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National Fire Protection Association (NFPA) is a global nonprofit standards-writing organization devoted to eliminating death, injury, property and economic loss due to fire, electrical and related hazards.

National Fire Protection Association (NFPA) is a global nonprofit standards-writing organization devoted to eliminating death, injury, property, and economic loss due to fire, electrical, and related hazards. Their document, NFPA 780 — Standard for the Installation of Lightning Protection Systems, is recognized as the basis for lightning protection systems in North America. The standard can now be read online and without charge by clicking here.

When determining how to incorporate lightning protection into new or existing structure designs, it is recommended that contractors, architects, and engineers engage the services of a specialty contractor with experience implementing the requirements of NFPA 780 and UL96A. However, here are a few questions we are often asked about standards for lightning protection systems and NFPA 780:

What is NFPA 780?
NFPA 780 is the industry-standard to follow when designing and installing lightning protection systems and components. NFPA 780 details the necessary considerations for installing lightning protection for ordinary structures and a variety of special applications. NFPA 780 is a consensus standard that has been maintained since 1904. It is updated every three years to incorporate technological advances and innovations in building materials. NFPA 780 provides the information required to protect people and property against fire risks and related dangers that can occur when a structure is exposed to a lightning strike.

According to NFPA 780, what type of structures should be considered for lightning protection?
Any and all structures have the potential to be struck by lightning – commercial, industrial, and public buildings, as well as residential building types. NFPA 780 provides detailed guidance on installing lightning protection systems in ordinary structures and special occupancies, including masts, spires, and flagpoles, facilities that handle or process combustible/explosive dust, metal towers and tanks, air-inflated structures, concrete tanks and silos, guyed structures, rooftop helipads, and fabric structures. The publication also provides instructions for protecting heavy-duty stacks, structures containing flammable vapors, gasses or liquids, or other explosive materials, wind turbines, watercraft, airfield lighting circuits, solar arrays, and more.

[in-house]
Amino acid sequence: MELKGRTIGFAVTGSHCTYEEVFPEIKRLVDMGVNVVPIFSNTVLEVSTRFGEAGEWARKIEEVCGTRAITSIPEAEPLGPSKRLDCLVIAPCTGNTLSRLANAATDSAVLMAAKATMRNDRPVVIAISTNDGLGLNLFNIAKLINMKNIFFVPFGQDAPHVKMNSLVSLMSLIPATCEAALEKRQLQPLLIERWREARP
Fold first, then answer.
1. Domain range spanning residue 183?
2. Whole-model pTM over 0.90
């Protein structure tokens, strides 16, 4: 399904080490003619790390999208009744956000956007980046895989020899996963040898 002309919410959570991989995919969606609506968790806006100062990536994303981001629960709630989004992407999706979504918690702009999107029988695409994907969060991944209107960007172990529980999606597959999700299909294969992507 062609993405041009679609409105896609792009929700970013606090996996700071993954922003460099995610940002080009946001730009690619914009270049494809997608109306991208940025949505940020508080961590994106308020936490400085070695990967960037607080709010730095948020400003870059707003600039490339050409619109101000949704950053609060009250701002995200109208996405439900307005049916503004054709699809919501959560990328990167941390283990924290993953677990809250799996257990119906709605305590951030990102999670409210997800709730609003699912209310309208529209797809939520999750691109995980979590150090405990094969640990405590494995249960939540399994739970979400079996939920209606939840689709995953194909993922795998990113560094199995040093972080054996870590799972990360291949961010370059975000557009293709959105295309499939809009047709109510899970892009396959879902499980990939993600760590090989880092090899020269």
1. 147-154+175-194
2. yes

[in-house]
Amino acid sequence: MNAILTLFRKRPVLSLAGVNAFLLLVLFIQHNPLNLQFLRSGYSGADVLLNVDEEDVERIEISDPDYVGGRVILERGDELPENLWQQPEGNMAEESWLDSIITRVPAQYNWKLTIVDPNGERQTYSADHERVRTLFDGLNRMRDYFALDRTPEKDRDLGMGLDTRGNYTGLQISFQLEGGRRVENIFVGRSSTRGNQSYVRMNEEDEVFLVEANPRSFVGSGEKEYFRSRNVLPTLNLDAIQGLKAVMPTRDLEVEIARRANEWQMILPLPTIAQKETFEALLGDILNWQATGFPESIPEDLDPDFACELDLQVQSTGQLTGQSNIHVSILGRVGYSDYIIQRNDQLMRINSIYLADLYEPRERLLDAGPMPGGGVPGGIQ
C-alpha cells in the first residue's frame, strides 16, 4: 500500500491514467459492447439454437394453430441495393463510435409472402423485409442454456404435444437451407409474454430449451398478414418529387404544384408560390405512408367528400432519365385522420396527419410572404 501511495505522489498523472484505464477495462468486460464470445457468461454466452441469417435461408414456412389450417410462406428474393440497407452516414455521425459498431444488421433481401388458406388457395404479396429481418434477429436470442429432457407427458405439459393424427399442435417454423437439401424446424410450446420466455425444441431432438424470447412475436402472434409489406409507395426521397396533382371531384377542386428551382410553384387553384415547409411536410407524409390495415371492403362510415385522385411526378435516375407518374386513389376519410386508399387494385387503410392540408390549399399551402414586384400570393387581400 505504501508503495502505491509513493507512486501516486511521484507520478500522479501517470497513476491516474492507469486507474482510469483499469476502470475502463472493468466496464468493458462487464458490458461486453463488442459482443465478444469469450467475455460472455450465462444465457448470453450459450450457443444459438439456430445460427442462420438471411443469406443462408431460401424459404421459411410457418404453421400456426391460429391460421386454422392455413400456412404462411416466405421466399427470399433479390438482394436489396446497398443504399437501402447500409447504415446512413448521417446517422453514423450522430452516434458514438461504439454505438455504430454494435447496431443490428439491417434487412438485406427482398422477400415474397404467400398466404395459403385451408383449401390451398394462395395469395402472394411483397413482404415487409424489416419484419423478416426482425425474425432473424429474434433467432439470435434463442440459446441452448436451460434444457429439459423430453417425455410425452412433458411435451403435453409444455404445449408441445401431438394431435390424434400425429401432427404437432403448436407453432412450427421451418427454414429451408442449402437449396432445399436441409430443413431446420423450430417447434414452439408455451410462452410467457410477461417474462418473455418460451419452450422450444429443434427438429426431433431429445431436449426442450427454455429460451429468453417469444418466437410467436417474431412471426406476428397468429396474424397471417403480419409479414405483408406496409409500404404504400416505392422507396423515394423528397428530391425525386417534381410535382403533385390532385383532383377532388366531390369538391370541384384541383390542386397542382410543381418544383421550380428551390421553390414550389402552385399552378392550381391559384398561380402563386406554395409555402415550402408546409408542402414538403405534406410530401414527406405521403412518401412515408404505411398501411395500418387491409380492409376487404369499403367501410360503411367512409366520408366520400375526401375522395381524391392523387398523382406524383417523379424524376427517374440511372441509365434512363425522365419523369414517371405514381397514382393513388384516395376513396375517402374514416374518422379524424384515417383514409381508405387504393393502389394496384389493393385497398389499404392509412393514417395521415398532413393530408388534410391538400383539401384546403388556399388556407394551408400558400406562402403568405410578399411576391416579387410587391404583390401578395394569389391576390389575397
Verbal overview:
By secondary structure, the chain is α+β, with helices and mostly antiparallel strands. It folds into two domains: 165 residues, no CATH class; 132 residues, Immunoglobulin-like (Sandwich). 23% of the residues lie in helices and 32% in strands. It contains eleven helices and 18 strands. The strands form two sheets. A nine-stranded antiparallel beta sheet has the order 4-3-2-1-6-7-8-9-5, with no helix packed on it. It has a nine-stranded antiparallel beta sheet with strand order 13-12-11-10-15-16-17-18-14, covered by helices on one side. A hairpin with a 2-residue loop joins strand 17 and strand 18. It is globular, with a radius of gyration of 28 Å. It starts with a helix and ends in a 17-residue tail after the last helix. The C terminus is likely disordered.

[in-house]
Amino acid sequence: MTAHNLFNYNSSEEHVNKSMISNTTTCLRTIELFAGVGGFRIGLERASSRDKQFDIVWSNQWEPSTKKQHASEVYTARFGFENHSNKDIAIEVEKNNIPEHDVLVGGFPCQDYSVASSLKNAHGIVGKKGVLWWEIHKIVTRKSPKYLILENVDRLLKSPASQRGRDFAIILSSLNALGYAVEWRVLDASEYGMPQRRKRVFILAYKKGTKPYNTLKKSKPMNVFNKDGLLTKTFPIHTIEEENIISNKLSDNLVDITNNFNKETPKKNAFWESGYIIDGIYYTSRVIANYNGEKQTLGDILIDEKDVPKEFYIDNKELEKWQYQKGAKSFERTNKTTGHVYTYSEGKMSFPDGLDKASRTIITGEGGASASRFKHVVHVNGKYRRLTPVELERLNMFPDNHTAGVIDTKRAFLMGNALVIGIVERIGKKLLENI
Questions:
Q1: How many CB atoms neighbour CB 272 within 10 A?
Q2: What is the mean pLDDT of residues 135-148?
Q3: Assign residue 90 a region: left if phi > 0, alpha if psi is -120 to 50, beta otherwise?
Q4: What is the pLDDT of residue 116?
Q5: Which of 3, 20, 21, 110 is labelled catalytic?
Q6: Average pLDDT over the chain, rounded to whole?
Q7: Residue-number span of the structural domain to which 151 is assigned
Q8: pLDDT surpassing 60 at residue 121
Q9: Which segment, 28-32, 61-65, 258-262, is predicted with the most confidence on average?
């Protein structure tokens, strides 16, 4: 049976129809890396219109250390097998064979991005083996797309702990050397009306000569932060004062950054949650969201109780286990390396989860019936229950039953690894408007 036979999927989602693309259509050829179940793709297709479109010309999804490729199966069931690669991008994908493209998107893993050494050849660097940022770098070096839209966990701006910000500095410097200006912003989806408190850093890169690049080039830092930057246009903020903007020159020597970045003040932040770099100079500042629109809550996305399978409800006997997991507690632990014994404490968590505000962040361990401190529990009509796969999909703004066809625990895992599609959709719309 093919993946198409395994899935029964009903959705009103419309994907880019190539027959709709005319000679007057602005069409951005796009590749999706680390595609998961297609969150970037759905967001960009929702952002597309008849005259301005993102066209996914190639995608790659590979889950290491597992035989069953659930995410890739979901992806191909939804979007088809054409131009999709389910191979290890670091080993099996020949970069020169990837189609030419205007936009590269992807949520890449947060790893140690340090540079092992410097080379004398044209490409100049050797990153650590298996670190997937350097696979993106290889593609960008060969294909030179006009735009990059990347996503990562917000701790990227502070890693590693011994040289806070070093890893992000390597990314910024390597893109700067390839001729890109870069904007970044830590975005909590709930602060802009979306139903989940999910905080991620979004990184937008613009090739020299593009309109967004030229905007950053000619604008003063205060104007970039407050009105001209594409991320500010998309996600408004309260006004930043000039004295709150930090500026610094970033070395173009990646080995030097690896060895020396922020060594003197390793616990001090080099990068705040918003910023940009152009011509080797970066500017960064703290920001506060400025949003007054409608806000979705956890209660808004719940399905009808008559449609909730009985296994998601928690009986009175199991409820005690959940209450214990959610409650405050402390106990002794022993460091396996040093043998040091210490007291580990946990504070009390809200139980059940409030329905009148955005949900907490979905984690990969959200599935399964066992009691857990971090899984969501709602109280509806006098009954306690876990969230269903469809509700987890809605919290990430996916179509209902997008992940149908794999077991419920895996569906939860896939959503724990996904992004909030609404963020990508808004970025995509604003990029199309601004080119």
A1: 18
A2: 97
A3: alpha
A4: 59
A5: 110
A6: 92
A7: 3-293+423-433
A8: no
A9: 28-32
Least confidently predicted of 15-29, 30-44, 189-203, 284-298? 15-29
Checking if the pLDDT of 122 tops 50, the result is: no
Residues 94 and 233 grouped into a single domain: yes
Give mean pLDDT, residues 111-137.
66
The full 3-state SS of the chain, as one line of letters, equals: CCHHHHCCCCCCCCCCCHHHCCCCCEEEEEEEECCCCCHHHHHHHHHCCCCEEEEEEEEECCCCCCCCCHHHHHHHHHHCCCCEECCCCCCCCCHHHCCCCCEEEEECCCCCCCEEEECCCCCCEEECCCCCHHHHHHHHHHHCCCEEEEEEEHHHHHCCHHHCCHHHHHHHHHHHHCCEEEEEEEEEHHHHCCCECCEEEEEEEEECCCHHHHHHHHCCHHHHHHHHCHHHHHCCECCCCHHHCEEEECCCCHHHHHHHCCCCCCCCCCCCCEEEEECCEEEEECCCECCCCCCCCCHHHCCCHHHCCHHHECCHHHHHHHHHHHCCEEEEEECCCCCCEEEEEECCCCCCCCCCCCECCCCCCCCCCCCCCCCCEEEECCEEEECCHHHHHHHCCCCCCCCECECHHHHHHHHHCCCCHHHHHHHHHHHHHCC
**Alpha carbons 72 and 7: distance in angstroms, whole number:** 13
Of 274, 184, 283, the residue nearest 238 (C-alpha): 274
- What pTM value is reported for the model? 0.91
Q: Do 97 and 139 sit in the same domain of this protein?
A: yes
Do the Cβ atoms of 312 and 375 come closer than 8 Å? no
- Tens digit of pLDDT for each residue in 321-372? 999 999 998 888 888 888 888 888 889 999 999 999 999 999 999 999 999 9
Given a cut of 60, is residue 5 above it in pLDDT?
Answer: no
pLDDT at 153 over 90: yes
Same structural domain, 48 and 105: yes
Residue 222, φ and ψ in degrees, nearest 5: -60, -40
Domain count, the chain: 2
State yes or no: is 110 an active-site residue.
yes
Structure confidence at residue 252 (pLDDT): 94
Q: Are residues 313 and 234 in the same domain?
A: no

What determines the placement of lightning protection equipment on a structure?
NFPA defines zones of protection on a structure, based on the geometry of the structure and known behaviors of lightning as it approaches Earth. Lightning protection system designers utilize the rolling sphere method to help determine where air terminals or strike termination devices are required on rooftops or other parts of a building. To simulate how lightning might interact with a structure, lightning protection system designers utilize software to create a sphere with a 150-foot radius rolling over the surface of a building from all directions. Because it is assumed that lightning has an electrically charged field emanating approximately 300 feet from the bolt, lightning can strike in any location where the sphere touches the surface of a building. This includes roof edges and corners, roof-top equipment, and projections from the sides of buildings, such as balconies and gable ends.

For referrals to lightning protection specialty contractors with expertise in implementing NFPA780-compliant systems, please contact ECLE.

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